Writing in Education

The Art of Writing for Educators

Series: 

Writing in Education: The Art of Writing for Educators focuses on educators’ professional journeys and discoveries about teaching, learning, writing, and self. This book offers insightful discussions about teaching practices, reflective writing, and digital and nondigital representations of meaning. It explores practical matters facing teachers and teacher candidates, such as communicating about one’s practice, writing beyond content and page, or conducting classroom observations and maintaining field notes. This volume is divided into three main parts, each of which spotlights a Featured Assignment that examines an area of writing in education. The sample student work that is highlighted in each chapter is designed to support teachers and teacher candidates as they consider the importance and forms of writing as professionals in the field, as well as the roles of writing in their own current or future classrooms.

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Elizabeth Chase, Ed.D., is Assistant Professor in the School of Education at St. John’s University. Her research explores teaching for social justice, gender and youth studies in education, and content knowledge development within teacher education.
Nancy P. Morabito, Ph.D., is Associate Clinical Professor in the School of Education at St. John’s University. Her research focuses on science teaching and learning, writing in science classrooms, and pre-service teacher development.
Sandra Schamroth Abrams, Ph.D., is Professor in the School of Education at St. John’s University. She researches adolescents’ meaning making practices in and across digital and nondigital spaces.
"A must-read for everyone interested in the teaching of writing, Chase, Morabito, and Abrams have written a text that speaks to teachers, teacher candidates, and teacher educators. This book invites an engagement in provocative strategies and tools that help teachers think through and practice multiple forms of writing—from deep reflection to multimodal exploration, to certification-based reporting, and communicating with various stakeholders. It is a meaningful and practical guide that brings a fresh perspective to the art of and craft of teaching writing in online and in-person classrooms." - Yolanda Sealey-Ruiz, author of Love from the Vortex & Other Poems, Associate Professor, English Education, Teachers College, Columbia University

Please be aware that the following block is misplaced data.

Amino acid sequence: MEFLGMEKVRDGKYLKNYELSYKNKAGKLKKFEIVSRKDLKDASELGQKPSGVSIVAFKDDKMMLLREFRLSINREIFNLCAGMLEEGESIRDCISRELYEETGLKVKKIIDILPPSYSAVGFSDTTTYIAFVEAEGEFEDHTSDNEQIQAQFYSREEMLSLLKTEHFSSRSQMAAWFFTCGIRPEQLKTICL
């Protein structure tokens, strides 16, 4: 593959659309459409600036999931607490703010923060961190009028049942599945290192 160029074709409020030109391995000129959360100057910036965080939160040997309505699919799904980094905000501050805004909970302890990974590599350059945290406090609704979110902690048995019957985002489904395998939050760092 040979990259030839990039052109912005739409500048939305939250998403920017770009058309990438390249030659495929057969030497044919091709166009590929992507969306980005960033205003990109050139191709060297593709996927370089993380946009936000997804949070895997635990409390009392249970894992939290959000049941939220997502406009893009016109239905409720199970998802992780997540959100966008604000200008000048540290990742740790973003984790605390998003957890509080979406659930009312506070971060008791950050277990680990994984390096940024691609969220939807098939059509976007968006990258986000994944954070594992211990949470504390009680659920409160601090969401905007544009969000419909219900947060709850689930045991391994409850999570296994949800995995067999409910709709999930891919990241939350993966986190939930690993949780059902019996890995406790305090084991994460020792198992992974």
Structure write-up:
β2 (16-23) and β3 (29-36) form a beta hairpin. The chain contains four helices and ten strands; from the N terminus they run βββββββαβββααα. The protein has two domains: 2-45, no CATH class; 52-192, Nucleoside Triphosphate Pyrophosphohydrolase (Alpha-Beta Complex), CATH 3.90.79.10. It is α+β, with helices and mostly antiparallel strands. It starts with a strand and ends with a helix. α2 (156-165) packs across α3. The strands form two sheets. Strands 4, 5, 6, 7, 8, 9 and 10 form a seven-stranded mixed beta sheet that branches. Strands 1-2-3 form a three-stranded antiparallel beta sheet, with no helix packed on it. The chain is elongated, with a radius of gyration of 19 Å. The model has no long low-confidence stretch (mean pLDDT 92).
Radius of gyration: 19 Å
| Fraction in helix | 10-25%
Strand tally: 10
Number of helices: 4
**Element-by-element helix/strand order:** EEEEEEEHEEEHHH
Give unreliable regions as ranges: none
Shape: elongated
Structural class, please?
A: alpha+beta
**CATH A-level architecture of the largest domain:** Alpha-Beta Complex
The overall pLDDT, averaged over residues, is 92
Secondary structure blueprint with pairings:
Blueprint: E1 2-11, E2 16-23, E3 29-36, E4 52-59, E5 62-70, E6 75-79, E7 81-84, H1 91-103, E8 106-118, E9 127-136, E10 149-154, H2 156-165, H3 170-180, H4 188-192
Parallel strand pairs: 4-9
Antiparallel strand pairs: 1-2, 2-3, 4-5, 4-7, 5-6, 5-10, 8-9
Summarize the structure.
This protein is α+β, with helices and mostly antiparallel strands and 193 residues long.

"In Writing in Education: The Art of Writing for Educators, Chase, Morabito, and Abrams make the powerful—and too often neglected—argument that being a teacher requires being a writer. This book points the way for how teachers can do professional writing that benefits themselves and, more importantly, their students." - Michael W. Smith, Professor, College of Education and Human Development, Temple University
Foreword
Peter Smagorinsky<>br/ Acknowledgments
List of Figures

Chapter 1: Introduction
 Part One: What We Noticed
 part Two: What We Did
 part Three: The Work That Resulted
 Concluding Thoughts

Chapter 2: Writing about Teaching and Learning
 Guiding Questions
 Introduction
 Developing Robust Writing
 Writing to Showcase Pedagogy
 Featured Assignment: Commenting on Teaching and Learning
 Concluding Thoughts: Writing about Teaching and Learning

Chapter 3: Expansive Writing beyond Content and Page
 Guiding Questions
 Introduction
 Writing beyond the ELA Lesson and Classroom
 Writing beyond the ABC’s
 Digital Storytelling for Examining Teaching and Learning Spaces
 Featured Assignment: Creating a Digital Story to Explore Writing across Contexts
 Concluding Thoughts: Writing Toward the Future

Chapter 4: Reflecting on Reflective Practices
 Guiding Questions
 Introduction
 Reflection-in-Writing/Reflection-on-Writing
 Field Notes and Reflective Writing in Education
 Why Do I Even Need to Take Field Notes?
 Featured Assignment: Reflective Thinking about Future Practice
 Portfolios and Assessment
 Concluding Thoughts: Forward Thinking

Chapter 5: Conclusion
 Writing in Education: Extending beyond Expectation
 Extending beyond Expectation: Advocacy and Writing
 Extending beyond Expectation: Writing and the Classroom
 Extending beyond Expectation: Where to Go from Here
 Concluding Thoughts

About the Authors
References
Index
Teachers, teacher candidates, teacher educators, administrators, and anyone interested in teaching, learning, and writing.